Temptation leans on the doorbell.  (Mom says that, after “Opportunity knocks.”)  There’s always some beautiful woman who is charming and flirtatious who makes me wonder.  So far, if there was a pass made, from one side or the other, it was left, in football vernacular, incomplete.  At least once, she was a coworker.  Not a few fellow-students at whichever school you look at.  Once she even lived right next door.  A few were fellow-writers, and [expletive deleted] they are fine.  Yeah, you know who you are.  If I wasn’t married I’d be chasing one of you, the thought of which I apologize for, I guess.  Or not.  I suppose it’s the nature of temptation to be ever-present.  I hate that.  But if it’s a fact of life, at least they’re not exactly throwing themselves into my arms, and thank God I’m not trying to throw myself into theirs.  The book of James says to resist; so far, I’ve resisted.

So the marriage counselor was wrong, because I’m a stubborn guy.  “She’s ‘the one'” and I want to keep her as long as she will keep me.

And

The marriage counselor was right.  I hate that.  I hate that we speak totally different languages.  This fact means when I say something she doesn’t get it, or doesn’t hear it the same way I do, or doesn’t feel the same way about it that I do. This fact means that the way I love her and the way I want to be loved are very different than the way she loves me and the way I want to be loved.  Because as I’ve asserted before, those are linguistic.  She doesn’t like the same shows i like, I don’t like the same shows she likes.  We are different.  I hate that we are on two very different schedules.  I hate that she needs so much sleep.  These two facts really cramp my style.  Style and cramp are substitutes for what I really want to say.  Suffice it to say that neither one of us is totally satisfied with what we get from the other person.  And both of us think we’re doing everything possible to make the other happy.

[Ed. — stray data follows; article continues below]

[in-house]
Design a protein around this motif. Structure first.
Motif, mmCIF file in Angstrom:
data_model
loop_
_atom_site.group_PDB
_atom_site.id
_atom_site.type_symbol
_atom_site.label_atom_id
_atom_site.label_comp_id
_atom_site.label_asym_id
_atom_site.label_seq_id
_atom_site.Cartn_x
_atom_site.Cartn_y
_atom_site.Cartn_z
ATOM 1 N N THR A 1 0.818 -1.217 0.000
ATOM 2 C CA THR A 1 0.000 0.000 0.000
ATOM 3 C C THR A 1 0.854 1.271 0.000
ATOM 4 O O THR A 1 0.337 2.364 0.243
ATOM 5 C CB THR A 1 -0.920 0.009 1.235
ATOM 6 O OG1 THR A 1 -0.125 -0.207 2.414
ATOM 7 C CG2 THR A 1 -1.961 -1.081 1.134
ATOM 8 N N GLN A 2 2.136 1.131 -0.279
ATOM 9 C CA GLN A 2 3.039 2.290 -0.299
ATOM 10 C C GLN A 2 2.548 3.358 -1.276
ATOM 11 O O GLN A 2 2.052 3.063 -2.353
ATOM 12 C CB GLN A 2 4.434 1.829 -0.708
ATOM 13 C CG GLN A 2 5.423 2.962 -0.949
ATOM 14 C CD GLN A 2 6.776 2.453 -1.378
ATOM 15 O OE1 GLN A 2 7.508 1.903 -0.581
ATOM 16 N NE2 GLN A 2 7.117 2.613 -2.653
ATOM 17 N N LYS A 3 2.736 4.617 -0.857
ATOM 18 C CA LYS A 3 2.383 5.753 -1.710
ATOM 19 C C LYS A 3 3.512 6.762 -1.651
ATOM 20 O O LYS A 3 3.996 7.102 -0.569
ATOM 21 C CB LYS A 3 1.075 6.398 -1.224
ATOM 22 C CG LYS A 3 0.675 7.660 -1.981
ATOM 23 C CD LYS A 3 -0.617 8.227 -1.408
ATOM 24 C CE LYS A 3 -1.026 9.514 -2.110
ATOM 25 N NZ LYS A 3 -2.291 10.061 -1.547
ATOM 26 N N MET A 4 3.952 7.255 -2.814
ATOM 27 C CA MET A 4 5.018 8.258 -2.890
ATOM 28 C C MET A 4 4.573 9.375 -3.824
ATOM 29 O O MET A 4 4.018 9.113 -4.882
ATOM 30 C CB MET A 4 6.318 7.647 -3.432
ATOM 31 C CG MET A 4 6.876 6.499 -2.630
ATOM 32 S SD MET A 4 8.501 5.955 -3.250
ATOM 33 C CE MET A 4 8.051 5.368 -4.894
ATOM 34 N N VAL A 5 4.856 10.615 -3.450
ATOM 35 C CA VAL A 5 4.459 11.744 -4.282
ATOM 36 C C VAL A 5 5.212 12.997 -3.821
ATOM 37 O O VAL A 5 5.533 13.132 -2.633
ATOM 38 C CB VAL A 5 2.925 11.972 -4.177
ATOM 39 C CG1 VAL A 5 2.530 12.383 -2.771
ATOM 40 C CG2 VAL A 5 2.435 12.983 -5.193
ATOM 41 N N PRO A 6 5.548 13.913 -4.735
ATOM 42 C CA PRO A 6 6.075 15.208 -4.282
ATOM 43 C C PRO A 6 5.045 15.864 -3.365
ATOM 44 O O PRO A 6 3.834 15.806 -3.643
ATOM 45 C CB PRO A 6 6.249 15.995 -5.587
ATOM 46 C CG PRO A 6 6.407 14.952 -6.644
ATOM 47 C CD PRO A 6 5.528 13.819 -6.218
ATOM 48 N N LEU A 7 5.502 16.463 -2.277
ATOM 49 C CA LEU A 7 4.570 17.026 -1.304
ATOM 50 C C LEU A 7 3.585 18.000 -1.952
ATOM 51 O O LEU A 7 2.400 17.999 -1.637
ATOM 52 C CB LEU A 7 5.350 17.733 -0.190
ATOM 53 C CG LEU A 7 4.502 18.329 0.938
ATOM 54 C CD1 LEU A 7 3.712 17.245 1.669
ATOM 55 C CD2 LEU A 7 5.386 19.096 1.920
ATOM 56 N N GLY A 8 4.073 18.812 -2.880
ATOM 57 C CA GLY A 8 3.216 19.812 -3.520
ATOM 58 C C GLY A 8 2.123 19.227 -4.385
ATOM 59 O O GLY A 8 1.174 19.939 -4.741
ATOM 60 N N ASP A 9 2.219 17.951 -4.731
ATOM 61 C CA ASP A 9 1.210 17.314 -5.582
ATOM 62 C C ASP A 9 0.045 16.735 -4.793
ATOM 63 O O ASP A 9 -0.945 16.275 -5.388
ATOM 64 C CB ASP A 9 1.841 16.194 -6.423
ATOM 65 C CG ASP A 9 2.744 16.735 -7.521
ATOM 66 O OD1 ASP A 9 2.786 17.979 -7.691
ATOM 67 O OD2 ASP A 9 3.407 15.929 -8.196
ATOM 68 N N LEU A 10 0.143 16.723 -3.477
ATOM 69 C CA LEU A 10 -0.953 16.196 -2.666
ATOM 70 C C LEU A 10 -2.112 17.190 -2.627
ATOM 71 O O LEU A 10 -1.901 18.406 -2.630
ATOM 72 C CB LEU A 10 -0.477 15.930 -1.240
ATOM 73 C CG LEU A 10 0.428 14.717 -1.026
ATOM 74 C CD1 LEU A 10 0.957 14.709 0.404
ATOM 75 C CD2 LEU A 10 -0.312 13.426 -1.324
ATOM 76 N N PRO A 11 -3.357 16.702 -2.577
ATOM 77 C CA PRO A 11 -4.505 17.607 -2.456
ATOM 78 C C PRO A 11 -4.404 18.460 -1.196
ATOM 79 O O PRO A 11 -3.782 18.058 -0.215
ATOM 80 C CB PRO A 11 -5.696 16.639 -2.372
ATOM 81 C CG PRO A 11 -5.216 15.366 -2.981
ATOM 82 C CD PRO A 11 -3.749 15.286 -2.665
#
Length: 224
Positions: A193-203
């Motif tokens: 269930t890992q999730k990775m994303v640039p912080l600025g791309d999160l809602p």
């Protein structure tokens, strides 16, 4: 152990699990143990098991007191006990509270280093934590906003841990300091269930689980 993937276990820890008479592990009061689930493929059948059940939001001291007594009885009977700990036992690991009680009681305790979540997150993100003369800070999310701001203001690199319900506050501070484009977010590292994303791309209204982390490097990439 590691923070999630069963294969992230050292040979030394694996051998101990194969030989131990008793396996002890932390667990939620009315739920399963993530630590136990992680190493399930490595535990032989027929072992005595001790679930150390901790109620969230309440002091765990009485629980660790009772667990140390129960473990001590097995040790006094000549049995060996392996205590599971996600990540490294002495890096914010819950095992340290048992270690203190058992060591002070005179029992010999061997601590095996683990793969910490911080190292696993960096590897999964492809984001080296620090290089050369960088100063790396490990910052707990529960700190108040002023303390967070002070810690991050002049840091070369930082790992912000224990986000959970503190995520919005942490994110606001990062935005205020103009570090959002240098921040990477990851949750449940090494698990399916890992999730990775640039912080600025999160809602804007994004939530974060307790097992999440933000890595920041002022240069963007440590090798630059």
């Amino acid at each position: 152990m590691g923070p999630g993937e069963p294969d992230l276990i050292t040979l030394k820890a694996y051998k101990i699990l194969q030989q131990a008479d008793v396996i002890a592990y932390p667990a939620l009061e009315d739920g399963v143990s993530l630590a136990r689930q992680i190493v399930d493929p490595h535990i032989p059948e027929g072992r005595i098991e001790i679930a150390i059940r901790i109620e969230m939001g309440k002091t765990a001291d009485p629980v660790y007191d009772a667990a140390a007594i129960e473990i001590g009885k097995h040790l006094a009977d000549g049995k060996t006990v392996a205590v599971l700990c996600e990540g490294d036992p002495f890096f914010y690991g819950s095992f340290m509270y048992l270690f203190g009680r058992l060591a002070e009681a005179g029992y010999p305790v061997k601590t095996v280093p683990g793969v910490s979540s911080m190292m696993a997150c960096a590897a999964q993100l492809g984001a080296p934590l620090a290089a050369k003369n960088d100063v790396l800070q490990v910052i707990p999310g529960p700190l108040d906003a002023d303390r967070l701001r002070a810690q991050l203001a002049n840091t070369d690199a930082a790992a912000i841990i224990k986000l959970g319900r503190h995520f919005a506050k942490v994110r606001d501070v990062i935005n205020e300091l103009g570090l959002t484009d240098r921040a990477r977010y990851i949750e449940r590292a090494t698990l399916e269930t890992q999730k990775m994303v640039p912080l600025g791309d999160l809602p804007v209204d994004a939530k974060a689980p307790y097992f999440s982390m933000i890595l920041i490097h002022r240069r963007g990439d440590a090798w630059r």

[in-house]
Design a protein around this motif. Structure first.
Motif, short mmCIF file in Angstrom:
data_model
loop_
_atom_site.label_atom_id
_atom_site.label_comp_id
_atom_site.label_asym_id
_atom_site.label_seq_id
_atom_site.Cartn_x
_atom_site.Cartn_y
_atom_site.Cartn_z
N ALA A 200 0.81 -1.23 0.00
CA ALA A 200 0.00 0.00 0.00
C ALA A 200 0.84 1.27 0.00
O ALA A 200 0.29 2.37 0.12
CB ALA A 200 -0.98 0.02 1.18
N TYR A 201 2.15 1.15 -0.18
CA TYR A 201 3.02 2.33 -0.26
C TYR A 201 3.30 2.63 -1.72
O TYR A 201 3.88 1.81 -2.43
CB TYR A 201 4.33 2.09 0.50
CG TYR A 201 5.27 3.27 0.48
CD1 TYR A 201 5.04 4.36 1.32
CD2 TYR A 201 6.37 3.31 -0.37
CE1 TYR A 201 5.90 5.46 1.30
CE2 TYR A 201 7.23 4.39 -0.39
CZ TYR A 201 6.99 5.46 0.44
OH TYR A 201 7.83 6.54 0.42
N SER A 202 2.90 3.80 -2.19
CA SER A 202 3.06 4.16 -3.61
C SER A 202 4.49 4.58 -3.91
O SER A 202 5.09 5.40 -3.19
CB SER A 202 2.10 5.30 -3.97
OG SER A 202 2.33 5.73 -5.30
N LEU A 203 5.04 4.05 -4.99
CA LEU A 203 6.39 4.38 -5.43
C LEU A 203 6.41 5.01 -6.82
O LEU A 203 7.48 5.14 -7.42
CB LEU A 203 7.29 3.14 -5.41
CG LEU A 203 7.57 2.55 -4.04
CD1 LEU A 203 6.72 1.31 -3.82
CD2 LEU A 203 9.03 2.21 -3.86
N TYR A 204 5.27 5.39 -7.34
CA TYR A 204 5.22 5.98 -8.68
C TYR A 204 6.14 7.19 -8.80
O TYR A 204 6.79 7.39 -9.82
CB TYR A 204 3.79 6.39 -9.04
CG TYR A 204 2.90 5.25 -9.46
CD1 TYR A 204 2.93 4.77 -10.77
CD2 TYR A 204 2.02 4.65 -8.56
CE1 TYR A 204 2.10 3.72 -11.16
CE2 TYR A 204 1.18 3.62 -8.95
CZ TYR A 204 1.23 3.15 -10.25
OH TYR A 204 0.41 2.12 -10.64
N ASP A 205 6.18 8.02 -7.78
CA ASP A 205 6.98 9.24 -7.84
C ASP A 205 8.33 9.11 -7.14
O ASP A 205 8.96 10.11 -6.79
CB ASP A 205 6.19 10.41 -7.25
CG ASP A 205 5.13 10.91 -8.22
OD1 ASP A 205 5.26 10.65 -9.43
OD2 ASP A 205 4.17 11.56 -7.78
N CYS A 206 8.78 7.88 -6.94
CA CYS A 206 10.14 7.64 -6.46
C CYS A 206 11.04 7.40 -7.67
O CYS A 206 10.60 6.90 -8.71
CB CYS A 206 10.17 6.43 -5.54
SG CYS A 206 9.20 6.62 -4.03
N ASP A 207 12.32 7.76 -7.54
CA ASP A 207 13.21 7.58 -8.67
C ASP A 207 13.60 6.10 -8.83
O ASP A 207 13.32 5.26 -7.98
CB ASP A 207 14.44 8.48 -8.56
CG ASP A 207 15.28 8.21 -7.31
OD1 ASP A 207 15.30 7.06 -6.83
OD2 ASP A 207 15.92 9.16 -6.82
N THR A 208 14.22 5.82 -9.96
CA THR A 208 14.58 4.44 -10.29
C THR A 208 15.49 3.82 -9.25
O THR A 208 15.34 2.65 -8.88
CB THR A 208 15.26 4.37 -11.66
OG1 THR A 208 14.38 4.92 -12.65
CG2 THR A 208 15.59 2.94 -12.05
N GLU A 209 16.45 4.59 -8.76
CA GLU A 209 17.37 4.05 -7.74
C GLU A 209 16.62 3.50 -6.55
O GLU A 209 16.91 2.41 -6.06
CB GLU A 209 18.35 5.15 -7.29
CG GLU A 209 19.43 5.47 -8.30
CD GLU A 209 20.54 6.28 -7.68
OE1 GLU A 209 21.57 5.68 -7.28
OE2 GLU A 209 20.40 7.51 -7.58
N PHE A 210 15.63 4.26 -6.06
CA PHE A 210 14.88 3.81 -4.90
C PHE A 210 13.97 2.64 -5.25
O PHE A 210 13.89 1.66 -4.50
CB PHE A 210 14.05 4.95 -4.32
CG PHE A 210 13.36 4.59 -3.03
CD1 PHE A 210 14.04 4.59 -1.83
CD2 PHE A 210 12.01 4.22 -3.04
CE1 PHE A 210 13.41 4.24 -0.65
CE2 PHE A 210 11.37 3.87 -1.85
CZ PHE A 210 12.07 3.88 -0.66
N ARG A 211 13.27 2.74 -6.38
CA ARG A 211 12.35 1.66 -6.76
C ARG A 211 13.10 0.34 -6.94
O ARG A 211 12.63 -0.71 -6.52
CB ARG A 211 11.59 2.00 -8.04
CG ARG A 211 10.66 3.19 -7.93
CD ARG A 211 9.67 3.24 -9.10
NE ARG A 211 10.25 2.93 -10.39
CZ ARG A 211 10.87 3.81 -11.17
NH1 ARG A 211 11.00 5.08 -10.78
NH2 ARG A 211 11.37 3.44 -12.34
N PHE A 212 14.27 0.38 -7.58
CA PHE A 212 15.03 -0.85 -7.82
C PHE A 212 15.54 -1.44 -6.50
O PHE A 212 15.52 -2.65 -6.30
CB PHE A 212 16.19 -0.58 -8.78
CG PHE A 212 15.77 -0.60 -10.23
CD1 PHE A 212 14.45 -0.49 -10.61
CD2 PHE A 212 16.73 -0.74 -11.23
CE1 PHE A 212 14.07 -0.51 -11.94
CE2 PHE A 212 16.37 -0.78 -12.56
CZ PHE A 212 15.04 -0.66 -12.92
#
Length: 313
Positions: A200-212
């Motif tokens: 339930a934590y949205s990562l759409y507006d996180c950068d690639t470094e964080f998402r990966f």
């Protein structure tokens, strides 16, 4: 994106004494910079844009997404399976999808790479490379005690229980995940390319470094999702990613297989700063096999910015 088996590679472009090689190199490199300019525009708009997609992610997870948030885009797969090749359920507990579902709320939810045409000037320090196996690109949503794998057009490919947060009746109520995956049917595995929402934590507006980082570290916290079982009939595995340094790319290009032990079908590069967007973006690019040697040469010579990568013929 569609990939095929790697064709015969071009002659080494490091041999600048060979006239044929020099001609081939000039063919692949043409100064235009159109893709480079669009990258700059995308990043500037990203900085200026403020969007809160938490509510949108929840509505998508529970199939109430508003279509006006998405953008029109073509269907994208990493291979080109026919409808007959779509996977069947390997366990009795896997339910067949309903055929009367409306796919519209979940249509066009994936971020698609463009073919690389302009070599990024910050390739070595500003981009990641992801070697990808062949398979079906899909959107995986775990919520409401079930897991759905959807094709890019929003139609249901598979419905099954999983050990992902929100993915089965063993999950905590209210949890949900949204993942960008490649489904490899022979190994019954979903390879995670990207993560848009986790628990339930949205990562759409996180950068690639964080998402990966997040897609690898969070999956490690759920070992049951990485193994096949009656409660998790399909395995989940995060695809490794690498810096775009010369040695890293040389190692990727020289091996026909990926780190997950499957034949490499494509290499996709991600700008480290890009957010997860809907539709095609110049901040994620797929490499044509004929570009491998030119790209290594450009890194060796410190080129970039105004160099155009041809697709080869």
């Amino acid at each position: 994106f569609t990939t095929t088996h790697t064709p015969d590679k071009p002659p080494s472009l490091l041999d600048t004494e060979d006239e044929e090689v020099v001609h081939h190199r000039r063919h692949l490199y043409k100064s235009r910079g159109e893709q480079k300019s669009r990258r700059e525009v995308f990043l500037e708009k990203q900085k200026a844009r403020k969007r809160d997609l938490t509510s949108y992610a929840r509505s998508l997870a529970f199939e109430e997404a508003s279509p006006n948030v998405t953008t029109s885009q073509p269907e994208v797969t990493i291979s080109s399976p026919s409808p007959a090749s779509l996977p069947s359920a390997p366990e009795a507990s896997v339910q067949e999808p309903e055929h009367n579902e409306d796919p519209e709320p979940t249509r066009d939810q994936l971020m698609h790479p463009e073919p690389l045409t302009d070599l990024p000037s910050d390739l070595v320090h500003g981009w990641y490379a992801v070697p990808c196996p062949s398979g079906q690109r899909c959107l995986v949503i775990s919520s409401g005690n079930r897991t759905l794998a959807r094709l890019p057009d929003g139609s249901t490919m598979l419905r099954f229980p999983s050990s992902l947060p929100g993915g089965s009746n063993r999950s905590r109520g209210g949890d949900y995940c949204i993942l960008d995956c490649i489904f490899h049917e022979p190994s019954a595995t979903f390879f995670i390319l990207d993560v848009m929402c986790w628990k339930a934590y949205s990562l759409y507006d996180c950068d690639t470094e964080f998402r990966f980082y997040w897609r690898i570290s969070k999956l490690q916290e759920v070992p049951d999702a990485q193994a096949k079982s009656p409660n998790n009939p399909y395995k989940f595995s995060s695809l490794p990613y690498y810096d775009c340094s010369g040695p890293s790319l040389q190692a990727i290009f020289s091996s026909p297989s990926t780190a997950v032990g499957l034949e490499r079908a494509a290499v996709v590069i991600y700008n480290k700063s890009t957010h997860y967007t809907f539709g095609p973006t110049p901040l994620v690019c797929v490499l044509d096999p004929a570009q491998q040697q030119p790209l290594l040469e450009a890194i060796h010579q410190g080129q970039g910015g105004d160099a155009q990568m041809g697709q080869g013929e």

I really hated that she called me out for immaturity.  It was true, but I still hated it.  It still is true.  But I hate it.  Who wants to be an old fogey, a curmudgeon, a hyper-responsible tightwad all the time?  If I want to do something flighty and impulsive, I want to be allowed to do it.  The extra purchase at the store.  Responsibility says I shouldn’t because it’s not in the budget.  But I like giving roses and expensive chocolates to her.  Most of the time, I’m the “fun” one and she’s the “responsible” one.  Here substitute “immature,” for me, and “mature,” for her

I hate that we’re on very different clocks.  I’m up half the night.  She goes to bed so early I feel put off.  I hate being put off, or pushed away.  I tease her about her responsibly mature early bed time; I joke about her getting dinner around 3:30 (she doesn’t) and paying the early-bird-senior-discounted-special price (she doesn’t), and we’re not seniors.

I hate that our interests are so different, she can’t watch anything I want without critiquing its’ lack of appropriateness for children.  And she doesn’t appreciate what I like or what I do, which are writing, and music.  Maybe it’s unfair to say that she doesn’t appreciate it, so much as she doesn’t see the value of it, inasmuch as it isn’t paying our bills.  I pour my heart into it.  The audience raves.  And she just says, “Yup.  It’s what he does.”  I feel blown off and taken for granted again.  I’m Rodney Dangerfield, for those of you old enough to know the name.  “I don’t get no respect.  No regard either.”